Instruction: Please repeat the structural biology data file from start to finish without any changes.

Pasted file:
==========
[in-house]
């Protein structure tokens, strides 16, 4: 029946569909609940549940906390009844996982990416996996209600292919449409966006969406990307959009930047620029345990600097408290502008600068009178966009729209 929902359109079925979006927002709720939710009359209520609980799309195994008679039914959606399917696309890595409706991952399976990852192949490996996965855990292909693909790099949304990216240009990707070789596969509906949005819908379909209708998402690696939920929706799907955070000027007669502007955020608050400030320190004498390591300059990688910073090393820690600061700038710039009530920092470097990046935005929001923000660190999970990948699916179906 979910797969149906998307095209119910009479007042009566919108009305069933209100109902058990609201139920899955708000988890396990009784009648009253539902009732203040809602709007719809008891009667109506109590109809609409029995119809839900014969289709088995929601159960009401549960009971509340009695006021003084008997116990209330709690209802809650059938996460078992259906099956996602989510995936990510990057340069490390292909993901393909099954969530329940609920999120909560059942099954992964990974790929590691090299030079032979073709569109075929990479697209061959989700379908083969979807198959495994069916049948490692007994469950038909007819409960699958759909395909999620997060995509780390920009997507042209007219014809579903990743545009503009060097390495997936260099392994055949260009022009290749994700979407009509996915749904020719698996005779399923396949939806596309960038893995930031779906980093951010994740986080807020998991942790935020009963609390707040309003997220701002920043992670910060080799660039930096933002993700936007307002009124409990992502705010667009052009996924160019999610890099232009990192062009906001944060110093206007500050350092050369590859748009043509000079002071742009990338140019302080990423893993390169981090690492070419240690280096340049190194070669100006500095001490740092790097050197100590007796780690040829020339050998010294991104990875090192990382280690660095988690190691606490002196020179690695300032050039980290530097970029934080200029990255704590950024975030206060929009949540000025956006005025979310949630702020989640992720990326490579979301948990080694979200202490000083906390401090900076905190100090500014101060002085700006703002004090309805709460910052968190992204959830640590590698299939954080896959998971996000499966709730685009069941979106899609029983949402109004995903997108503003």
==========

[in-house]
């Protein structure tokens, strides 16, 4: 029946569909609940549940906390009844996982990416996996209600292919449409966006969406990307959009930047620029345990600097408290502008600068009178966009729209 929902359109079925979006927002709720939710009359209520609980799309195994008679039914959606399917696309890595409706991952399976990852192949490996996965855990292909693909790099949304990216240009990707070789596969509906949005819908379909209708998402690696939920929706799907955070000027007669502007955020608050400030320190004498390591300059990688910073090393820690600061700038710039009530920092470097990046935005929001923000660190999970990948699916179906 979910797969149906998307095209119910009479007042009566919108009305069933209100109902058990609201139920899955708000988890396990009784009648009253539902009732203040809602709007719809008891009667109506109590109809609409029995119809839900014969289709088995929601159960009401549960009971509340009695006021003084008997116990209330709690209802809650059938996460078992259906099956996602989510995936990510990057340069490390292909993901393909099954969530329940609920999120909560059942099954992964990974790929590691090299030079032979073709569109075929990479697209061959989700379908083969979807198959495994069916049948490692007994469950038909007819409960699958759909395909999620997060995509780390920009997507042209007219014809579903990743545009503009060097390495997936260099392994055949260009022009290749994700979407009509996915749904020719698996005779399923396949939806596309960038893995930031779906980093951010994740986080807020998991942790935020009963609390707040309003997220701002920043992670910060080799660039930096933002993700936007307002009124409990992502705010667009052009996924160019999610890099232009990192062009906001944060110093206007500050350092050369590859748009043509000079002071742009990338140019302080990423893993390169981090690492070419240690280096340049190194070669100006500095001490740092790097050197100590007796780690040829020339050998010294991104990875090192990382280690660095988690190691606490002196020179690695300032050039980290530097970029934080200029990255704590950024975030206060929009949540000025956006005025979310949630702020989640992720990326490579979301948990080694979200202490000083906390401090900076905190100090500014101060002085700006703002004090309805709460910052968190992204959830640590590698299939954080896959998971996000499966709730685009069941979106899609029983949402109004995903997108503003």